AGSIW experts explain what regional trends they’ll be following most closely as the year unfolds.
Robert Mogielnicki is a resident scholar at the Arab Gulf States Institute in Washington. An expert in the political economy of the Middle East and North Africa, he previously served as a senior analyst with the Siwa Group and head of public relations and marketing for Oxford Strategic Consulting, a United Kingdom/Gulf Cooperation Council-focused research consultancy. Prior to his consulting career, he worked as a journalist covering political and economic developments in post-revolutionary Egypt and Tunisia. His work and commentary on the region have appeared in Axios, Forbes Middle East, Al Jazeera’s Inside Story, MEED, Al Bawaba, The National (UAE), Gulf Daily News, Tunisia Live, Egypt Oil and Gas Magazine, and Egypt Daily News.
Mogielnicki received his PhD from the University of Oxford’s Magdalen College, where he conducted research in conjunction with the Oriental Institute and Middle East Centre. Drawing on extensive fieldwork in the United Arab Emirates, Oman, Qatar, Bahrain, and Kuwait, his dissertation examines the political economy of free zones in Gulf Arab countries. He earned his MA in modern Middle Eastern studies from St Antony’s College, University of Oxford, and completed a master’s thesis on labor policy formulation and implementation in the emirates of Abu Dhabi and Dubai. He received his BA from Georgetown University as a double major in Arabic and government, graduating magna cum laude and Phi Beta Kappa.
Mogielnicki specializes in the intersection of politics and economics across Gulf Arab states. He is particularly interested in how these geostrategic states engage in processes of economic transformation through trade and investment policies, labor market interventions, economic diversification, and technological innovation.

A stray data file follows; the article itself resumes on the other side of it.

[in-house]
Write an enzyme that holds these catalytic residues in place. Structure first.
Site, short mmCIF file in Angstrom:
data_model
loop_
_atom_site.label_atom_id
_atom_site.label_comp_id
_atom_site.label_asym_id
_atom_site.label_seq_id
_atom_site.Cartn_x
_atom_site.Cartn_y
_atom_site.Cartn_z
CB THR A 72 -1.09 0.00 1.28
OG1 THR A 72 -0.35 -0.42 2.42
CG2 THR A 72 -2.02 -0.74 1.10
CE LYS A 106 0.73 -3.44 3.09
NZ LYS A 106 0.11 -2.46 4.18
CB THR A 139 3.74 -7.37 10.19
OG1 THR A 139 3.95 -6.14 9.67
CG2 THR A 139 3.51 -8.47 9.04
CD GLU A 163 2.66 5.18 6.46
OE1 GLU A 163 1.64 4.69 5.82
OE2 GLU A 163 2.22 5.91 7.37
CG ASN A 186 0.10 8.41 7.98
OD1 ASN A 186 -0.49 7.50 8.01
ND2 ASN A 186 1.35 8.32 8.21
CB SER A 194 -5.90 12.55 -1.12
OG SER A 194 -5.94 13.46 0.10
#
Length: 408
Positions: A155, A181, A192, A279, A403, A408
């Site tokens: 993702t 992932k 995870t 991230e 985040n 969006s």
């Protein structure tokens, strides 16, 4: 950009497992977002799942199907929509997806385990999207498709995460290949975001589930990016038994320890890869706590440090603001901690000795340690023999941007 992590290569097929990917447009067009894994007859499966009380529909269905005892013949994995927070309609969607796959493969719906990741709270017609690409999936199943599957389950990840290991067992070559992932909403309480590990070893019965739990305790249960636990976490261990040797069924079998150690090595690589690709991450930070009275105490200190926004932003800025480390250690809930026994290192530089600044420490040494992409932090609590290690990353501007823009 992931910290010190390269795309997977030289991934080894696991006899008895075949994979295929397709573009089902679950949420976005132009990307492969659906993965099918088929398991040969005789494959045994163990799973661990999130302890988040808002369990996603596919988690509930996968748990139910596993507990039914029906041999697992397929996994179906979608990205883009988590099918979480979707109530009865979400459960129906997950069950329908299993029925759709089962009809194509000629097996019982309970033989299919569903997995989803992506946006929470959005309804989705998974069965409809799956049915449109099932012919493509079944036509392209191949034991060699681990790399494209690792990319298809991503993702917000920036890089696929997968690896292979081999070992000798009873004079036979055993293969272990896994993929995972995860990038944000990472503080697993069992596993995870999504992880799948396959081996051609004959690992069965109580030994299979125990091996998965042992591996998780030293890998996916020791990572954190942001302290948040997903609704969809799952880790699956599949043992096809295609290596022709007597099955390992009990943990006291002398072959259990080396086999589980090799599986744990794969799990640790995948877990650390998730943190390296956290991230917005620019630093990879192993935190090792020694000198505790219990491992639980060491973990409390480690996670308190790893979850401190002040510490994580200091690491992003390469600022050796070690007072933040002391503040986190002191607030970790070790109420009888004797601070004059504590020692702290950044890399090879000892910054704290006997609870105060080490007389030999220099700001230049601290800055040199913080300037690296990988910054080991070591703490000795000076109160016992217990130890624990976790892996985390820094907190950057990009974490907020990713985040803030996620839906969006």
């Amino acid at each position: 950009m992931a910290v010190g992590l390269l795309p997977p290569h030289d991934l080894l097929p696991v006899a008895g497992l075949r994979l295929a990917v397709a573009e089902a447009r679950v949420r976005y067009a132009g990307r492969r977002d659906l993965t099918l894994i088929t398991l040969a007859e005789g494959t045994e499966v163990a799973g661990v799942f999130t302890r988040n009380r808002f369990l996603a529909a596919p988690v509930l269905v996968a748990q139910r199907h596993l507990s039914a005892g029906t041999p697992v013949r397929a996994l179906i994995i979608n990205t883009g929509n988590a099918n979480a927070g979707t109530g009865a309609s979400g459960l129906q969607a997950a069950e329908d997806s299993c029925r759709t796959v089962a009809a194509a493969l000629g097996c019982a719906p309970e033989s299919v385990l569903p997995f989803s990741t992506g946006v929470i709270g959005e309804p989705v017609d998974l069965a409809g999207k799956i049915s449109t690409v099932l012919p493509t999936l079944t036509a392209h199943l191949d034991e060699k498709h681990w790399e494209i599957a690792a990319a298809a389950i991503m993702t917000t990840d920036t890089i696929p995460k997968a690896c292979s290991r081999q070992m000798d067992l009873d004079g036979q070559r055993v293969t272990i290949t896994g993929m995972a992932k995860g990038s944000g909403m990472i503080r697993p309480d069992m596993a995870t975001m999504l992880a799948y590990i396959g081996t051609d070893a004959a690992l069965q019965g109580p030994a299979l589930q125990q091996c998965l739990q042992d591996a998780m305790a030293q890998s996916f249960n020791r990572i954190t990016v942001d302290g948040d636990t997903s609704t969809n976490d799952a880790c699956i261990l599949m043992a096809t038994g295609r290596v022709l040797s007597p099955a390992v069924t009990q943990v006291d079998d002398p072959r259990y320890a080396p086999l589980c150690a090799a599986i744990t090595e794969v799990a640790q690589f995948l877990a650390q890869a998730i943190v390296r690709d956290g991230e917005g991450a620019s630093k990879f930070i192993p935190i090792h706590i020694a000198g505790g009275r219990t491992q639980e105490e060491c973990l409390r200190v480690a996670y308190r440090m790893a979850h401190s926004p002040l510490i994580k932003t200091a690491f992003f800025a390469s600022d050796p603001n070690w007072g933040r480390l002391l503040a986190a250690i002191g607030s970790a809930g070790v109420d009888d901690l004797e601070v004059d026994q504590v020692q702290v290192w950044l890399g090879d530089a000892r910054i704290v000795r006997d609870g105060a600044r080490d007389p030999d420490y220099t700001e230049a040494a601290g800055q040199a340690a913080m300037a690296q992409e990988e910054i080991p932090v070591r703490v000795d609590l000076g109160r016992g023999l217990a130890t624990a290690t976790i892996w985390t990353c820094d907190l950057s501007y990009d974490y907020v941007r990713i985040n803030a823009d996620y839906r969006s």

Mogielnicki speaks Modern Standard Arabic and the Egyptian dialect, and possesses a working knowledge of the Tunisian dialect. He is a former recipient of the Sultan Qaboos Arabic Language Scholarship (2007-11) and served as a Critical Language Scholar in Tunisia in 2011. Mogielnicki has lived in the UAE, Egypt, Tunisia, Morocco, Turkey, and Jerusalem.
The Houthis are unlikely to find immediate solutions in their nascent electronic currency, but this financial technology nevertheless serves a political purpose for the rebel group.
Robert Mogielnicki assesses the potential economic implications of tensions between the United States and Iran across the Gulf.
Oman’s political transition presents the new sultan and his government with a choice to maintain the status quo of economic policy or undertake a deeper, structural transformation of the energy-dependent economy.
Despite a subdued response by global and Gulf markets, the state of U.S.-Iranian relations poses long-term risks to Gulf Arab economies.
E-commerce development initiatives align closely with high-priority government agendas to build technology-focused, knowledge-driven economies. However, challenges related to payments, regulation, and delivery threaten e-commerce growth prospects across the region.
The Saudi government does not see a viable, long-term future in oil and gas but continues to hope that investors will measure the country’s crown jewel, Saudi Aramco, differently.
Global investors’ interest in Saudi Arabia’s ambitious economic transformation hinges on their ability to secure lucrative commercial opportunities in the country.
Cryptocurrency activity is unlikely to offer the Iranian regime an immediate avenue for evading crippling U.S. sanctions.
While facing bureaucratic and legal hurdles, INOC’s fate rests upon competing visions for the future of Iraq’s oil and gas sector.